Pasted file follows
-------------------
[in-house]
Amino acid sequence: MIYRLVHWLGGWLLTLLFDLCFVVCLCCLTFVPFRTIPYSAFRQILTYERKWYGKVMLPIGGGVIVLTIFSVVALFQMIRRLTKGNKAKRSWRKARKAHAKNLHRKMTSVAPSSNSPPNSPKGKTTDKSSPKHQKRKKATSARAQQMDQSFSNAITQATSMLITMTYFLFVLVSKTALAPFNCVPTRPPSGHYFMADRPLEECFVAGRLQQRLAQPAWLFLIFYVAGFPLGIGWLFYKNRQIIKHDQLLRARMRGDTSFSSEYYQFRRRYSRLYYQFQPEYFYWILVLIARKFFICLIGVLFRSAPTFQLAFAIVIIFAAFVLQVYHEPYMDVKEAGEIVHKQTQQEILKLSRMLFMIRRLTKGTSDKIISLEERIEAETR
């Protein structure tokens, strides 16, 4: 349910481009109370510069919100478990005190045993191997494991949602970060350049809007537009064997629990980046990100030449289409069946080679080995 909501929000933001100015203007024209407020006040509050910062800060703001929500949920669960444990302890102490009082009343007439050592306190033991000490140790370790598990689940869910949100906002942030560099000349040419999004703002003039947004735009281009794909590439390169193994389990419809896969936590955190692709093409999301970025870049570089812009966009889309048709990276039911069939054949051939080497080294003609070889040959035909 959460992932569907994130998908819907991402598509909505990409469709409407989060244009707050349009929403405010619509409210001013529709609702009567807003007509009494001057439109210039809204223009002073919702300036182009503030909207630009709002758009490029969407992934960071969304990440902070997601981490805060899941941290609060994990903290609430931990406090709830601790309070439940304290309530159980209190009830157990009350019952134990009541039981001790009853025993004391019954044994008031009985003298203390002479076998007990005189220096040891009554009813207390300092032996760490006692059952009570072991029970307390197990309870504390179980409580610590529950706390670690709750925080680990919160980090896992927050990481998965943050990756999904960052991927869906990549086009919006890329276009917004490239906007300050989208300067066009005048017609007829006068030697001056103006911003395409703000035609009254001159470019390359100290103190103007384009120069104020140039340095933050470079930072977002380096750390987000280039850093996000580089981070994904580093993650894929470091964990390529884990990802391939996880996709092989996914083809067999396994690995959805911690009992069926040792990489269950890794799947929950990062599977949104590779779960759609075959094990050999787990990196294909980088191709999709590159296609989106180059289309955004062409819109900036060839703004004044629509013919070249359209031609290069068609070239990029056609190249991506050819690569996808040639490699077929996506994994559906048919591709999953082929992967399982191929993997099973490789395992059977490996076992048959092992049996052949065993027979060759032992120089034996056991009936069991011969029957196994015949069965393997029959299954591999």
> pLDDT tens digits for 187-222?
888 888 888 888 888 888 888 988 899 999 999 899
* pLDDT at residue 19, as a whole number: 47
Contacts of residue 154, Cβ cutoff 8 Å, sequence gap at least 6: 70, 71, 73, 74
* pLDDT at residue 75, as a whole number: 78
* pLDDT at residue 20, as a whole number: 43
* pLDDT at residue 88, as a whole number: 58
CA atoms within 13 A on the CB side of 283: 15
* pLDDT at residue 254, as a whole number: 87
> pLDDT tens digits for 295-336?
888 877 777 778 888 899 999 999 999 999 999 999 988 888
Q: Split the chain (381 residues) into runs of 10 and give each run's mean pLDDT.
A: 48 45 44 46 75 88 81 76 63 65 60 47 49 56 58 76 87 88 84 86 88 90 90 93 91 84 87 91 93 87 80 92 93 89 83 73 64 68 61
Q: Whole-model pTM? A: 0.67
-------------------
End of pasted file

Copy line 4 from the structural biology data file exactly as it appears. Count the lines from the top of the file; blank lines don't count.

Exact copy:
> pLDDT tens digits for 187-222?